So, the judges who hit the precipitously early retirement age won. But what exactly did they win? The law under which they were fired has been declared unconstitutional from the first day of its operation. But the judges are all still out of their jobs.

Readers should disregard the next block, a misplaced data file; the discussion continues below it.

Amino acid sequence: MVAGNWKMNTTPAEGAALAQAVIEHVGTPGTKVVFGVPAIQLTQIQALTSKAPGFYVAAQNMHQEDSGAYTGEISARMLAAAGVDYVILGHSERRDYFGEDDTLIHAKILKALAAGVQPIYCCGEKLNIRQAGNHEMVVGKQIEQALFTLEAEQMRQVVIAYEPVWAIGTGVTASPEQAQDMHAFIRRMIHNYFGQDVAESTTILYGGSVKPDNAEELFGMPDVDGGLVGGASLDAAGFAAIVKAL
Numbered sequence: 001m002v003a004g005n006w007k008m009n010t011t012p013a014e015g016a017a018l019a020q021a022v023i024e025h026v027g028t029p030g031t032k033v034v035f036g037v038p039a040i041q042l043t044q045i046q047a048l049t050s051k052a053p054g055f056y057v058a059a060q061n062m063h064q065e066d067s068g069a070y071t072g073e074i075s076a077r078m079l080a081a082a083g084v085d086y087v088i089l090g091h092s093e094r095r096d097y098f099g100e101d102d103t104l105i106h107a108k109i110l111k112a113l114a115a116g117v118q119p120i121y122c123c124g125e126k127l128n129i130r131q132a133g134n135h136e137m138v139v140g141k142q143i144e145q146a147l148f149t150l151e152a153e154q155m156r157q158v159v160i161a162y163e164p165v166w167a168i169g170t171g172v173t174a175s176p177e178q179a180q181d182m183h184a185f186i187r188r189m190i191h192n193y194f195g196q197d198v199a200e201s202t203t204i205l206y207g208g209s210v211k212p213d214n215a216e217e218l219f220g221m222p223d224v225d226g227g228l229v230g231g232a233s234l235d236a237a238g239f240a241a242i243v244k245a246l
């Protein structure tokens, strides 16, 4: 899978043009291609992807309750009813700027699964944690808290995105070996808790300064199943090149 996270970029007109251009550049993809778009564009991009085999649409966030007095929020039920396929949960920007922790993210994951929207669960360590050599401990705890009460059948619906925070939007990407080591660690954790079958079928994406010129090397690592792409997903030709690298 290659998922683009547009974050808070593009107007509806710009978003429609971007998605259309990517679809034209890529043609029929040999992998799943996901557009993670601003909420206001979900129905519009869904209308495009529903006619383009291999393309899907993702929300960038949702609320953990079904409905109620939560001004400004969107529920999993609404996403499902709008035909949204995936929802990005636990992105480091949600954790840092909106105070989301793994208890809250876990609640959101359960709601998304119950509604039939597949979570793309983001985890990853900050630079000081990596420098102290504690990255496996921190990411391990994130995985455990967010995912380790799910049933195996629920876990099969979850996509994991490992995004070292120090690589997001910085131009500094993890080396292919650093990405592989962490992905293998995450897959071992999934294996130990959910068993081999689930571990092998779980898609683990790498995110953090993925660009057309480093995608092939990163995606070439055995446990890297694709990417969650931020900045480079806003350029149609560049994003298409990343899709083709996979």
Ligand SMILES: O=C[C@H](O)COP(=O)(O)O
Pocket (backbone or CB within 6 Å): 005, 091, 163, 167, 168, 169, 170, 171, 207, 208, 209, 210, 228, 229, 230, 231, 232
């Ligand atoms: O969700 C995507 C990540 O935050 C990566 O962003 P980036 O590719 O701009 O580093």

On the question of remedies offered by the Court decision itself, the Constitutional Court engaged in what I’ve called elsewhere “new judicial deference.” In practicing new judicial deference, a court makes a brave decision on the law but then fails to give the claimant any meaningful relief. The claimant wins big on principle. But if you are actually the claimant who brought the case seeking some change in your situation, you discover that you got only words. In the judicial retirement age case, the Court did not have the power to nullify all of the presidential orders through which the judges were fired, but it could have done so in the specific cases under review. The Court did not even do that. Those orders – and all of the others – still stand even while the law on which the orders were based has been voided. The Court provided no meaningful remedy in its opinion, not even to those directly involved in the case, even though it could have granted at least those judges some relief.